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Apple is in the midst of a tax battle with lawmakers in Europe after being accused of taking tax breaks in Ireland. The European Union invited the company to a hearing with regulators. However, Apple turned down the invite, citing its impending appeal as a reason for the absence.

Last August, the European Commission closed a three-year investigation against Apple. The regulatory body found the company had received illegal state aid from Ireland. Specifically, Apple allegedly only paid between 0.005 percent and 1 percent in taxes between 2003 and 2014. For perspective, Ireland usually has a 12.5 percent corporate tax rate.

So, the iPhone maker was given a tax break. The EU ordered the company to pay back up to 13 billion euros ($14.8 billion) in back taxes in Ireland.

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Apple has since appealed the decision in Europe’s second highest court in Luxemburg. The company says this appeal prevents it from attending the new hearing as doing so could compromise its challenge. The European Commission is holding a hearing on tax evasion on June 21.

“It is important to ensure public commentary does not prejudice those proceedings,” Claire Thwaites, Apple’s senior director of European government affairs, says.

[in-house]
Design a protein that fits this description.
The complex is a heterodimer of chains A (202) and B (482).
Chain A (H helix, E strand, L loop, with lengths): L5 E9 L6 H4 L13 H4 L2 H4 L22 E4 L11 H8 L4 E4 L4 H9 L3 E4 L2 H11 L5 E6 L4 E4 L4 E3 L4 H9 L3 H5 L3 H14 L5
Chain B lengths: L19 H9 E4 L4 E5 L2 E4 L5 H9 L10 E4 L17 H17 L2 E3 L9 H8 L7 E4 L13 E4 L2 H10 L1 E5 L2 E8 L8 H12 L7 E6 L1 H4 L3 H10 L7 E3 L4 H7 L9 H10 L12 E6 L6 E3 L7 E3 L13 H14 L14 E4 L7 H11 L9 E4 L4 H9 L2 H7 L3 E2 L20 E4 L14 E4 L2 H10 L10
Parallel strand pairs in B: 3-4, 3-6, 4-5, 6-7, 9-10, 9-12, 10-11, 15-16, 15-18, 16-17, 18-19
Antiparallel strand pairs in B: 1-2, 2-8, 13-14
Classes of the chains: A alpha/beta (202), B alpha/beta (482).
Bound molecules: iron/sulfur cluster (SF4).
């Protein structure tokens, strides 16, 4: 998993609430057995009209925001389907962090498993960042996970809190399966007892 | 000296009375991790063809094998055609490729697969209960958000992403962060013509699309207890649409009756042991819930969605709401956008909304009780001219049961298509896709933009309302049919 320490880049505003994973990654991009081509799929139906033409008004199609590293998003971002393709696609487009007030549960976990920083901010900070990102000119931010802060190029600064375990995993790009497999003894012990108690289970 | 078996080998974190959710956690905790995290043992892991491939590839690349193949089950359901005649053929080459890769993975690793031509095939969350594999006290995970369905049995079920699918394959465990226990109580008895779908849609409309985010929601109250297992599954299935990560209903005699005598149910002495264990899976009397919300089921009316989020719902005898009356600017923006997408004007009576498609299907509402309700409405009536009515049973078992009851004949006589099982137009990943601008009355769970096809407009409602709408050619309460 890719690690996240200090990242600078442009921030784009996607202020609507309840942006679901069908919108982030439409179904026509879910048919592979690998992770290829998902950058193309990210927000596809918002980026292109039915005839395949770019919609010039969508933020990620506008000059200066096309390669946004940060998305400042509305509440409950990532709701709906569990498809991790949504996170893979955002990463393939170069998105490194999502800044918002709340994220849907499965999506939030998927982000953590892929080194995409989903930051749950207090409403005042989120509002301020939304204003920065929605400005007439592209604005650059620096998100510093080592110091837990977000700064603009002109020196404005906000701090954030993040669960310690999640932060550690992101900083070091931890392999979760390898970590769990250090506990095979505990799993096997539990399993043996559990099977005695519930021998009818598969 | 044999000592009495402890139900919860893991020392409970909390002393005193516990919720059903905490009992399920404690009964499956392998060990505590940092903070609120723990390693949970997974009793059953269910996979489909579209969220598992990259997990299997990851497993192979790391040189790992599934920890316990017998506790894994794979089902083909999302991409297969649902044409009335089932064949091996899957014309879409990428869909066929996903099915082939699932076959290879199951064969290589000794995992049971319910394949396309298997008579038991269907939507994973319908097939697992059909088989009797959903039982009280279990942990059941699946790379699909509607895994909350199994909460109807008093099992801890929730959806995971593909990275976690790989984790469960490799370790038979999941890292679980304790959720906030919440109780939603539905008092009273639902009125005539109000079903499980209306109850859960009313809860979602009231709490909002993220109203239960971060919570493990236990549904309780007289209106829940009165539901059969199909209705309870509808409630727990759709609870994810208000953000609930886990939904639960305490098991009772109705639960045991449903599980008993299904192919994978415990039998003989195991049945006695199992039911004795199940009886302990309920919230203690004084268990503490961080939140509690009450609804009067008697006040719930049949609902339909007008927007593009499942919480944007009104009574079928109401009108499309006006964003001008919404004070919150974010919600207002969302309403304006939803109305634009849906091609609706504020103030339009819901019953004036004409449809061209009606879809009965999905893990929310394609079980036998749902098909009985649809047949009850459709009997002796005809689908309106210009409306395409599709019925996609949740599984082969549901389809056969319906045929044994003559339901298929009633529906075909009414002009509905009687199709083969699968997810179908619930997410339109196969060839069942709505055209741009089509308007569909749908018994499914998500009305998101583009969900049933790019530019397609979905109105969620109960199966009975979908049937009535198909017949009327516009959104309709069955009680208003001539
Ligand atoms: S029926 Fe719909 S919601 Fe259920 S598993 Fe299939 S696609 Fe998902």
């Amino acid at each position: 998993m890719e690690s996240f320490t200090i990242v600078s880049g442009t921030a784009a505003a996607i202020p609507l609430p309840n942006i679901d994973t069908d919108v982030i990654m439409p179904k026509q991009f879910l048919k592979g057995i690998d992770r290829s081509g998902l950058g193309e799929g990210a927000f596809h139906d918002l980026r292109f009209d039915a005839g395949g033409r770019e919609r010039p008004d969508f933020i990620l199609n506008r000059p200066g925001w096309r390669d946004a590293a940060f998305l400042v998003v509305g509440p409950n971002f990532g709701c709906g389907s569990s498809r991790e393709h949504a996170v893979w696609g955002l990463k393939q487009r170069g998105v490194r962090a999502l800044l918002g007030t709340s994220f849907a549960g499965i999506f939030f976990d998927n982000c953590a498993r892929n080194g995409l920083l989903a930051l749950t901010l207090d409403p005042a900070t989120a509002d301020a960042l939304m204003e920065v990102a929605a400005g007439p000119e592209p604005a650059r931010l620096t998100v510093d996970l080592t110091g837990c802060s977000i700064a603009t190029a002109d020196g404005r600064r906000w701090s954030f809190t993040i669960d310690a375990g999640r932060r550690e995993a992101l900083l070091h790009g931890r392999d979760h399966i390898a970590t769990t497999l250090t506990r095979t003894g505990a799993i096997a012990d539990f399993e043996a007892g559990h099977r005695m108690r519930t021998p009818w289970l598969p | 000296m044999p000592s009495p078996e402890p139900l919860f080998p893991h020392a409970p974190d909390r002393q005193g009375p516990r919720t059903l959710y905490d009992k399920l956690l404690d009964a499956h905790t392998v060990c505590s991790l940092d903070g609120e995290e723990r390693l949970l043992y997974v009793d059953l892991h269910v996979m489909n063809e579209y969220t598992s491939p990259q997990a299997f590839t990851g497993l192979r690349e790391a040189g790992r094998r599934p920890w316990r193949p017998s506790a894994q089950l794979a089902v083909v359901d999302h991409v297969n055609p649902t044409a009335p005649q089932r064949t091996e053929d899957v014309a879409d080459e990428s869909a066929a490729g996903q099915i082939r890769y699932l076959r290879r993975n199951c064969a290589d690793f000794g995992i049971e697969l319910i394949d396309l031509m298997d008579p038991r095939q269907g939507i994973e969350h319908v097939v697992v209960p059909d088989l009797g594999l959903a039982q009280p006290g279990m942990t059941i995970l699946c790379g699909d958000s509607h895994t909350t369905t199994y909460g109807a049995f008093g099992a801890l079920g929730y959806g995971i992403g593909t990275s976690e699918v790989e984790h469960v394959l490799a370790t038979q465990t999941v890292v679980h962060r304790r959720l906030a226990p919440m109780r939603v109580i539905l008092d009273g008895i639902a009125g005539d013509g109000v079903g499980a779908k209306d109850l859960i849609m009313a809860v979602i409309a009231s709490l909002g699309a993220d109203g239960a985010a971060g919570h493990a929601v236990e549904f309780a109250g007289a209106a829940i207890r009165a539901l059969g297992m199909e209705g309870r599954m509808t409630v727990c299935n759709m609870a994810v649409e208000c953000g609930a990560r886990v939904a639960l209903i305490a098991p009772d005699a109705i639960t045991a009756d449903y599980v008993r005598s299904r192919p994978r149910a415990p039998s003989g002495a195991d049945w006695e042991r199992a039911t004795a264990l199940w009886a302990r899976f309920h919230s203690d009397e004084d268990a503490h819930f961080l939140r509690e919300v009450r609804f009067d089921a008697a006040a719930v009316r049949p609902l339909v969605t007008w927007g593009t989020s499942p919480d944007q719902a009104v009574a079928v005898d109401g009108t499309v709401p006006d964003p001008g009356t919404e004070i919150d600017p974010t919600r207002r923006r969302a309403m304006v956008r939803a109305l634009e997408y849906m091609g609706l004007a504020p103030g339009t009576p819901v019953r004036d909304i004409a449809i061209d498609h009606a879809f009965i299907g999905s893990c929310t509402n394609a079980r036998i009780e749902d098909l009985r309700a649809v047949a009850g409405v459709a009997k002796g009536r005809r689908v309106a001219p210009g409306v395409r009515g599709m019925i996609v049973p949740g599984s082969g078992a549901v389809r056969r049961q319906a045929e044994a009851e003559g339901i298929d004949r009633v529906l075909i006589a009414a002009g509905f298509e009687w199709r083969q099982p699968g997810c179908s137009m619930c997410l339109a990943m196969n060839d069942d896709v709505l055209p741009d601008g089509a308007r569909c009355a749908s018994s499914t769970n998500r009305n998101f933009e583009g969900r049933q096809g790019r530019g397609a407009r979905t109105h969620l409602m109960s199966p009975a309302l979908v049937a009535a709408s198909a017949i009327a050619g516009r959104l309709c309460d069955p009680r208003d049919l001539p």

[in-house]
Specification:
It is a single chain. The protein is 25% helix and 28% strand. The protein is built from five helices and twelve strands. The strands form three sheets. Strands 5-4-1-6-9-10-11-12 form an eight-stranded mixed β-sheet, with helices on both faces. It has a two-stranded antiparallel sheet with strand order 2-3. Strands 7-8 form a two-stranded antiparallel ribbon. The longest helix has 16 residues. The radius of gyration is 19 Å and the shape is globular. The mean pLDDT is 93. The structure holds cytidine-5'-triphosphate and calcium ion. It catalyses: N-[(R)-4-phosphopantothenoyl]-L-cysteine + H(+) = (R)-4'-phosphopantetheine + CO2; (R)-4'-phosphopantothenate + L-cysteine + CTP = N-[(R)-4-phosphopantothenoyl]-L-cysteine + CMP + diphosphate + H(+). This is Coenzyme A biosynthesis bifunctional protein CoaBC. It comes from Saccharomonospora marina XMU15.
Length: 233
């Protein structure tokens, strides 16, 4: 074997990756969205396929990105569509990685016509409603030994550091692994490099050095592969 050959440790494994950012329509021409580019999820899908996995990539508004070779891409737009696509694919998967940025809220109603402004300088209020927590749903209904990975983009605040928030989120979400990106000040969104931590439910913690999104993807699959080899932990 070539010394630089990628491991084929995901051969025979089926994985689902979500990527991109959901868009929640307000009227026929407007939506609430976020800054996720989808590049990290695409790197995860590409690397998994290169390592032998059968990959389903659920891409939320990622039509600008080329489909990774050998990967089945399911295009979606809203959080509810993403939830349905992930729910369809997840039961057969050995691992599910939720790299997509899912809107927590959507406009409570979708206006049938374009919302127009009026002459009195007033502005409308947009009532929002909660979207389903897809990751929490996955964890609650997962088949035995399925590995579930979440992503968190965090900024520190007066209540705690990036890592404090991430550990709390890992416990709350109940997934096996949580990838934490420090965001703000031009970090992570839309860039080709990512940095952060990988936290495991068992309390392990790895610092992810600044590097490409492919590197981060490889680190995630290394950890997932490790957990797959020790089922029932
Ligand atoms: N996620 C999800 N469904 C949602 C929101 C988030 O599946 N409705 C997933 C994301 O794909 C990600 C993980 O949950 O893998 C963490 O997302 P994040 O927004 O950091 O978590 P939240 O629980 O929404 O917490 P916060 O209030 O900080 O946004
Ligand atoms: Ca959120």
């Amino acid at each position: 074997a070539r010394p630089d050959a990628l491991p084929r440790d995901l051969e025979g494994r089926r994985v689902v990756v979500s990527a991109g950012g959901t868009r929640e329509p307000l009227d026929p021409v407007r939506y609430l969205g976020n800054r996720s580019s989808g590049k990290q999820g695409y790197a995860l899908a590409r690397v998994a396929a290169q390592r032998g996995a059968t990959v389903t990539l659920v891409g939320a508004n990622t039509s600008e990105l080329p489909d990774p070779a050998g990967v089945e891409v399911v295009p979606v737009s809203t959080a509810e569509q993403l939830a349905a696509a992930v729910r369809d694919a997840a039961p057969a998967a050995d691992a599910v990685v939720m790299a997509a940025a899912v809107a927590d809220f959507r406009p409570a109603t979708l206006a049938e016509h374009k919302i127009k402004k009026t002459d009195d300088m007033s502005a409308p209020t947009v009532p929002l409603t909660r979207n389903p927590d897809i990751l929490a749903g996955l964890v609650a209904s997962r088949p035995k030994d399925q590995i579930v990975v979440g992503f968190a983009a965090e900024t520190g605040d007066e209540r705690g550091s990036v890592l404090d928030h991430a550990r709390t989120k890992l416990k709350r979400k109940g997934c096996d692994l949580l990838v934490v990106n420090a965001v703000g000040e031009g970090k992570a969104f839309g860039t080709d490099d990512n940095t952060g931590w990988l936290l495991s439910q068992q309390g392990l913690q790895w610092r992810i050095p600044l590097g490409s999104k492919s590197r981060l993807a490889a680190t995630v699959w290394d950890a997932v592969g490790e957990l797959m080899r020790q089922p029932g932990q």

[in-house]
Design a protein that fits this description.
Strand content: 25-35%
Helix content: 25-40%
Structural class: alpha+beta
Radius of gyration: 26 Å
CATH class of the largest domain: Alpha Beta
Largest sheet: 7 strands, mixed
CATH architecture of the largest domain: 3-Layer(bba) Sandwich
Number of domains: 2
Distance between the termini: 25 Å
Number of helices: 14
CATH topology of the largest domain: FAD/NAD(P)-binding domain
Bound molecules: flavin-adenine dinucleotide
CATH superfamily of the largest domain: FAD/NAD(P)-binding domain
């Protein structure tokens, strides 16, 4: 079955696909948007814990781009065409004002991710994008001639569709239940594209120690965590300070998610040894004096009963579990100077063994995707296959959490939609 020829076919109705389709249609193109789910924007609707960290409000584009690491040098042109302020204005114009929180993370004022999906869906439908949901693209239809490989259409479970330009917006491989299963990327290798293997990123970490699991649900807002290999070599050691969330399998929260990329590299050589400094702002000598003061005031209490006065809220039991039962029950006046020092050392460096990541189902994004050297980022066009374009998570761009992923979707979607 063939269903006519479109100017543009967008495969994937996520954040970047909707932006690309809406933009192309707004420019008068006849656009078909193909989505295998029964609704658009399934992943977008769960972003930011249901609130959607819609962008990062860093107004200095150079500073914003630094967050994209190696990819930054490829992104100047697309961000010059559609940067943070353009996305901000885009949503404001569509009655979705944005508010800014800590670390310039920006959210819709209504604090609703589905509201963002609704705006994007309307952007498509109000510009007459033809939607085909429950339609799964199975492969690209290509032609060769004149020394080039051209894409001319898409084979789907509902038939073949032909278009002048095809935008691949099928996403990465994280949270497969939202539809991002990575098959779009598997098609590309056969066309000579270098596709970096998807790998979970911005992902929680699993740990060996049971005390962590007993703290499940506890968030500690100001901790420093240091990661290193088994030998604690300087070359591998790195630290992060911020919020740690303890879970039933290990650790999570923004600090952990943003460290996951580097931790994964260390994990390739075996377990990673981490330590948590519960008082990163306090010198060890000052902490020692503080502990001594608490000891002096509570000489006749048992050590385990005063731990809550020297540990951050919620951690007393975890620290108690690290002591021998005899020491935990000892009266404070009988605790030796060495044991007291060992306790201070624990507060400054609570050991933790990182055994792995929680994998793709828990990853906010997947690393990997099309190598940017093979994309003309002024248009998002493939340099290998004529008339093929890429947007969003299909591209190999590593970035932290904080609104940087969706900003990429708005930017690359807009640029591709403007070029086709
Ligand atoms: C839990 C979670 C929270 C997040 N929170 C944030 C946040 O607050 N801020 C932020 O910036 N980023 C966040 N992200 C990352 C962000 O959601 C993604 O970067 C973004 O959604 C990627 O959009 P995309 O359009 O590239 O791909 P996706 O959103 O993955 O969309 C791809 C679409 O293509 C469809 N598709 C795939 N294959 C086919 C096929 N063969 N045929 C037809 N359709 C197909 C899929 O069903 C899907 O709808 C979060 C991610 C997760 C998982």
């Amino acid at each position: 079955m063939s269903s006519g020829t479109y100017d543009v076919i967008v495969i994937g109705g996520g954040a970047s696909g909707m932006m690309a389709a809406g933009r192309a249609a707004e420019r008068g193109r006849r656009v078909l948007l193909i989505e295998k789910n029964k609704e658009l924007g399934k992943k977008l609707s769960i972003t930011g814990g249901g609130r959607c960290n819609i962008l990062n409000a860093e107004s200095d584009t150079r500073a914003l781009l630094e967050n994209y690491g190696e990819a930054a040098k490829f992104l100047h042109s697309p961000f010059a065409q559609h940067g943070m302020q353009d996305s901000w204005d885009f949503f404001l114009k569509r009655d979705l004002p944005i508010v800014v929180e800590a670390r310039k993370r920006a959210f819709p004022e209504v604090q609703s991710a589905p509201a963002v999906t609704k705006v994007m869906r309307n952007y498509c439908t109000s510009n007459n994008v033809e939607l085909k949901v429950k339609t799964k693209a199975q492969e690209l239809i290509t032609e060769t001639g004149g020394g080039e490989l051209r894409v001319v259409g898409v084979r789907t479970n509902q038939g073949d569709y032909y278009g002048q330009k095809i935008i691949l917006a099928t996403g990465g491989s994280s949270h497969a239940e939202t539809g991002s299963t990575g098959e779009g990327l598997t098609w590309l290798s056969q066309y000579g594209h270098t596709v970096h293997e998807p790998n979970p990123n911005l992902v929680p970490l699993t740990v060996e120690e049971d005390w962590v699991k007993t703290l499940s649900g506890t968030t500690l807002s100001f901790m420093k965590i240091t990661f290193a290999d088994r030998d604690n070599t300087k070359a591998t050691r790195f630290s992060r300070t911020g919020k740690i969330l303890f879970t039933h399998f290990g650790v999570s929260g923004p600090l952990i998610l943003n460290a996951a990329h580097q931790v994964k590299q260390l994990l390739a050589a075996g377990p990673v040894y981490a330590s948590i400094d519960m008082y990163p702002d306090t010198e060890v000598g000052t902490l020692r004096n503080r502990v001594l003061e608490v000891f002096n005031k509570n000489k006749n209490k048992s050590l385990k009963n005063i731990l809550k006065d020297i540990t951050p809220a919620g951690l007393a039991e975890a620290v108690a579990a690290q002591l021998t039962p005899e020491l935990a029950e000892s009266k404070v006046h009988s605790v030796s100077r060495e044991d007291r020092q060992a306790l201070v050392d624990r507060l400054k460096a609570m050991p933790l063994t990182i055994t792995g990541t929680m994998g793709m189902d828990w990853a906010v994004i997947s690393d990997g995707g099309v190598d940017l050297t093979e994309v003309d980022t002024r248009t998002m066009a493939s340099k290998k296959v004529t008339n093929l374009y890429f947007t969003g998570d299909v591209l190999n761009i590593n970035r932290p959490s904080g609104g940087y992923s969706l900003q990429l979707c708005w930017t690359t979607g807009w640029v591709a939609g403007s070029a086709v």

“Since the appeal is ongoing and likely to be heard at the General Court in the near future we will not be able to participate in a public hearing on this topic as it could be detrimental to the proceedings at the Court and any potential appeals thereafter,” Thwaites adds.

Disputes

While Apple and Ireland are appealing the case, regulators have said they want the entire repayable amount to be paid as soon as possible. However, Apple and Ireland have also been in dispute. The country has suggested taking the company to court if it is forced to pay.

Irish Prime Minister Leo Varadkar has responded, saying to parliament, “We’ve indicated to them (Apple) that we want the escrow account established and we want funds to be paid into the escrow account without further delay.”

“We do not want to be in the situation where the Irish government has to take Apple to court because the European Commission is taking the Irish government to court. I think that message is understood and I’d anticipate progress in the coming weeks.”

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